By BERT GAMBINI
Published April 21, 2023
Eduardo Mercado III, professor of psychology, College of Arts and Sciences, has been awarded a John Simon Guggenheim Memorial Fellowship for a project that will analyze how humpback whales adjust their songs in response to their surroundings, work that radically contradicts the prevailing hypothesis suggesting why whales sing.
Guggenheim fellowships are awarded to mid-career individuals who have demonstrated exceptional creativity or productive scholarship. Since its establishment in 1925 by Simon Guggenheim and his wife, Olga, the foundation has annually awarded grants of varying amounts to over 18,000 individuals totaling nearly $400 million.
Mercado is one of 171 American and Canadian scientists and scholars in the social sciences and humanities, along with writers and artists across multiple genres, selected for fellowships from among roughly 2,500 applicants. His project — “Cognitive Flexibility in ‘Singing’ Whales” — will afford exceptional opportunities for creating diverse research teams that combine the efforts of multiple disciplines.
The findings will be published in a forthcoming book describing how singers’ capacity to flexibly produce sounds and adapt to new experiences (through brain plasticity) enable whales to create such impressive songs.
“Receiving the John Simon Guggenheim Memorial Fellowship is a remarkable achievement,” says Robin G. Schulze, dean of the College of Arts and Sciences. “Professor Mercado’s research is significantly advancing our understanding of humpback whales and neuroplasticity generally.
“I’m excited to see where his research takes him next.”
Roughly 50 years of study have led to the near universal conclusion that humpback whale song is a courtship display performed to attract a mate. Other whales are then thought to copy successful songs to increase their mating opportunities.
Mercado, however, is skeptical of this reproductive hypothesis, and isn’t hesitant about questioning these interpretations.
“I have argued that much of the observational, experimental and comparative evidence collected to date provides little support for this interpretation,” he says. “The current data accumulated through my research are better accounted for by the alternative sonar hypothesis, which speculates that humpbacks sing to actively explore the world around them.”
Previous research motivated by the sonar hypothesis has clarified the mechanisms of humpback whale sound production and perception, and has generated testable predictions.
“In recent analyses of songs, I found that singers showed the ability to flexibly control where they concentrated acoustic energy, and to structure songs in ways that minimize potential interference from overlapping echoes,” says Mercado. “The sonar hypothesis specifically predicts that whales are controlling sounds to detect and localize distant targets as far as five kilometers away.”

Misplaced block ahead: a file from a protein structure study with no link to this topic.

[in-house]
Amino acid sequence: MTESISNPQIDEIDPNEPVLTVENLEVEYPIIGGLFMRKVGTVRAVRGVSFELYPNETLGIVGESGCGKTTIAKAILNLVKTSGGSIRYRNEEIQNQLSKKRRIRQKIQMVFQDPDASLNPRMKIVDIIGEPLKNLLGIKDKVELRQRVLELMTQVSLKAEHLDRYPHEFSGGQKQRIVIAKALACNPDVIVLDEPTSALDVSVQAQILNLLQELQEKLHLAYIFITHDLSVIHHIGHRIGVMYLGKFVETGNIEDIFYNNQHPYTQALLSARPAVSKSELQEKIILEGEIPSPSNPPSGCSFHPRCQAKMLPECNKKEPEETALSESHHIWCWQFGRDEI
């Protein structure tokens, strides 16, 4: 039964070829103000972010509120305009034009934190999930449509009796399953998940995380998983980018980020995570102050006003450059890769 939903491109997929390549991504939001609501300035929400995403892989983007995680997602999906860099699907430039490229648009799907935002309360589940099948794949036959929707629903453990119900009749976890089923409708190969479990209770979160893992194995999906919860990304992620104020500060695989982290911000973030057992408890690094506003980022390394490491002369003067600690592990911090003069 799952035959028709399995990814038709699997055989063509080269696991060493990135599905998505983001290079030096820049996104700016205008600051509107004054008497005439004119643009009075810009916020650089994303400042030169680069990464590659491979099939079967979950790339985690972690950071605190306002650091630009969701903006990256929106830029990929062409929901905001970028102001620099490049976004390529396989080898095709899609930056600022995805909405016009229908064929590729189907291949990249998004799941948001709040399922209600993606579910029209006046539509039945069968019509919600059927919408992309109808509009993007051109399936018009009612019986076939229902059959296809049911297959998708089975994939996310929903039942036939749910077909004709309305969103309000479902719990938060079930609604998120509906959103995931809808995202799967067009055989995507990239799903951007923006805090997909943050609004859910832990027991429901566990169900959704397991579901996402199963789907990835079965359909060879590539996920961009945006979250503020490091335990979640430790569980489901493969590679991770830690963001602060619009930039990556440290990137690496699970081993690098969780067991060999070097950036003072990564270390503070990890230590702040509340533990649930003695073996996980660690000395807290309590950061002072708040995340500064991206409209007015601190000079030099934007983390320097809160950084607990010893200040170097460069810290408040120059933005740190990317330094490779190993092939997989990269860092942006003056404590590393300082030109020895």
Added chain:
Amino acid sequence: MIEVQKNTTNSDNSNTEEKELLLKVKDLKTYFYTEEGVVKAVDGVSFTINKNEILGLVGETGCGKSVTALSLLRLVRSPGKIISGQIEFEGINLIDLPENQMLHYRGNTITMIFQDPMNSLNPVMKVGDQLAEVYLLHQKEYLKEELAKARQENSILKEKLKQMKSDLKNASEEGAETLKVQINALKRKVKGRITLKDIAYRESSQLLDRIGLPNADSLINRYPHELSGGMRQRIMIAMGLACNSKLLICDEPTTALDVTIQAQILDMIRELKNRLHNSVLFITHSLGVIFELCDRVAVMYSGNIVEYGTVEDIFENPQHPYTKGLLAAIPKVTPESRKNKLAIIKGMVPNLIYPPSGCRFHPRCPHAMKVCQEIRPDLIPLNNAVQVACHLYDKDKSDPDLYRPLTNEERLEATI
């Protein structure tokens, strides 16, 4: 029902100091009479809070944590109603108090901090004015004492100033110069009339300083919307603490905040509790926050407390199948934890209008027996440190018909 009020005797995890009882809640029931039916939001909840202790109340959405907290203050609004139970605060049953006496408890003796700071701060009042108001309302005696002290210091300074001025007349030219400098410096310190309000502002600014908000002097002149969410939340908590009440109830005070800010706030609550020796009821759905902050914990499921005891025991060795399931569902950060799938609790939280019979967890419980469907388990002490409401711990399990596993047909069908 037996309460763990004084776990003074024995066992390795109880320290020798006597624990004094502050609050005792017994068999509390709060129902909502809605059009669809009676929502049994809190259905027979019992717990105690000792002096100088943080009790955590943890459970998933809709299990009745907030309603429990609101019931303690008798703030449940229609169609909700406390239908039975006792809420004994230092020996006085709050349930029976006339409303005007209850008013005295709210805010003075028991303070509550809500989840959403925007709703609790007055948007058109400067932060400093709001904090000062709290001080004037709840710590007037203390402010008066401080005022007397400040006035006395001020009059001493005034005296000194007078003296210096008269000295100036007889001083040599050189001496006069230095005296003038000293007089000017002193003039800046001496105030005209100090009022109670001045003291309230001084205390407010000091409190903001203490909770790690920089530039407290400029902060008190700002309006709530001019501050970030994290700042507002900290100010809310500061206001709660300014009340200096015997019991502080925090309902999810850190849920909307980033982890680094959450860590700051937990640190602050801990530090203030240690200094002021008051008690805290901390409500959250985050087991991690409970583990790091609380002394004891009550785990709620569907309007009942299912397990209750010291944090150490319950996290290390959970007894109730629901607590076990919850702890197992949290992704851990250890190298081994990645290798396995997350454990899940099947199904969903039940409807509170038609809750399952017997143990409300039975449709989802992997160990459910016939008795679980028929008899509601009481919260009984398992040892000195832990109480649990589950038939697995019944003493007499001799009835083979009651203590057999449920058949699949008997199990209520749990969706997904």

In other words, whale song is a form of echolocation, not a mating ritual. Changes observed in the songs are not consistent with vocal competitions, according to Mercado. The songs are so dynamic that they often change within individual sessions.
Mercado’s project will include sophisticated acoustic analysis of humpback whale song that’s publicly available through a web-based interface. Recordings of whales off the coasts of Hawaii, Colombia and California will reveal whether singers modify their songs to maximize the detectability of song-generated echoes. The Colombian recordings are cleaner, with little noise generated by human activity. Those will be compared to the other sets, where there is considerable noise from shipping traffic. Singers’ vocal reactions to each other will also be analyzed to determine how songs produced in locations where other singers are audible differ from songs produced in isolation.
It’s a unique project with the potential to also reveal insights into the origins of human cognition.
“Humpback whales and humans are the only mammals on the planet that regularly reorganize their vocal repertoires as adults,” says Mercado. “Understanding this unlikely convergence can potentially shed light not just on the nature of whale songs, but also on the neural and ecological factors that determine how vocal flexibility and cognitive skills like speech production naturally emerge.
“Comparative studies of vocal flexibility can provide new clues about why humans, but not other primates, can continuously learn to adjust the sounds they produce and use.”
The public outreach component of the project will also create awareness of oceanic noise pollution and the billions of metric tons of greenhouse gases emitted by container ships, which account for 90% of world trade.
“Shipping is contributing not only to noisier ocean soundscapes, but also to incremental shifts in the physical features of ocean environments,” says Mercado. “By increasing public awareness of these new threats to whales’ survival, this project can help galvanize members of the public to do what is necessary to reverse the course of our current trajectory.”